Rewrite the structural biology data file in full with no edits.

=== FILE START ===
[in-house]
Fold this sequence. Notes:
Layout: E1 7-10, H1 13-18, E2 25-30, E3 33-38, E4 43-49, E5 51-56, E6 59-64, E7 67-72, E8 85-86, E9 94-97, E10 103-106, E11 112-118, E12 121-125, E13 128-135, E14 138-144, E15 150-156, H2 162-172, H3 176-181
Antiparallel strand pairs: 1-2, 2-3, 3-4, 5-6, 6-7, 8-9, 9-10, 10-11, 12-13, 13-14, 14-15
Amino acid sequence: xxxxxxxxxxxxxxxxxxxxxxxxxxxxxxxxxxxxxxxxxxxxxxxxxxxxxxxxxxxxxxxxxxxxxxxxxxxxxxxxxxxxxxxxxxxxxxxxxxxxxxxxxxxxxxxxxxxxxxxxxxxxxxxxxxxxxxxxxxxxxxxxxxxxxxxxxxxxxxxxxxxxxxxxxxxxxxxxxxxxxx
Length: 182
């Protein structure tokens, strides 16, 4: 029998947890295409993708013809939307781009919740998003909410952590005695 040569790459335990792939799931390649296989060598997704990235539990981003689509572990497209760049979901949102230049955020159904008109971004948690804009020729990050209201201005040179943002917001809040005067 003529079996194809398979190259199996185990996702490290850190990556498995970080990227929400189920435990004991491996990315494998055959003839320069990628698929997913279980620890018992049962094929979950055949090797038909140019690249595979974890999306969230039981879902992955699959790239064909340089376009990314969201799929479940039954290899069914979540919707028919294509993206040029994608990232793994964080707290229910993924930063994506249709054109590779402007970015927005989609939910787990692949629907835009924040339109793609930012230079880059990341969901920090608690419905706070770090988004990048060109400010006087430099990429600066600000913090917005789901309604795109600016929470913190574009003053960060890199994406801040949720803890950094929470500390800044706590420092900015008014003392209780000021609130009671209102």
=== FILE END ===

[in-house]
Fold this sequence. Notes:
Layout: E1 7-10, H1 13-18, E2 25-30, E3 33-38, E4 43-49, E5 51-56, E6 59-64, E7 67-72, E8 85-86, E9 94-97, E10 103-106, E11 112-118, E12 121-125, E13 128-135, E14 138-144, E15 150-156, H2 162-172, H3 176-181
Antiparallel strand pairs: 1-2, 2-3, 3-4, 5-6, 6-7, 8-9, 9-10, 10-11, 12-13, 13-14, 14-15
Amino acid sequence: xxxxxxxxxxxxxxxxxxxxxxxxxxxxxxxxxxxxxxxxxxxxxxxxxxxxxxxxxxxxxxxxxxxxxxxxxxxxxxxxxxxxxxxxxxxxxxxxxxxxxxxxxxxxxxxxxxxxxxxxxxxxxxxxxxxxxxxxxxxxxxxxxxxxxxxxxxxxxxxxxxxxxxxxxxxxxxxxxxxxxx
Length: 182
């Protein structure tokens, strides 16, 4: 029998947890295409993708013809939307781009919740998003909410952590005695 040569790459335990792939799931390649296989060598997704990235539990981003689509572990497209760049979901949102230049955020159904008109971004948690804009020729990050209201201005040179943002917001809040005067 003529079996194809398979190259199996185990996702490290850190990556498995970080990227929400189920435990004991491996990315494998055959003839320069990628698929997913279980620890018992049962094929979950055949090797038909140019690249595979974890999306969230039981879902992955699959790239064909340089376009990314969201799929479940039954290899069914979540919707028919294509993206040029994608990232793994964080707290229910993924930063994506249709054109590779402007970015927005989609939910787990692949629907835009924040339109793609930012230079880059990341969901920090608690419905706070770090988004990048060109400010006087430099990429600066600000913090917005789901309604795109600016929470913190574009003053960060890199994406801040949720803890950094929470500390800044706590420092900015008014003392209780000021609130009671209102």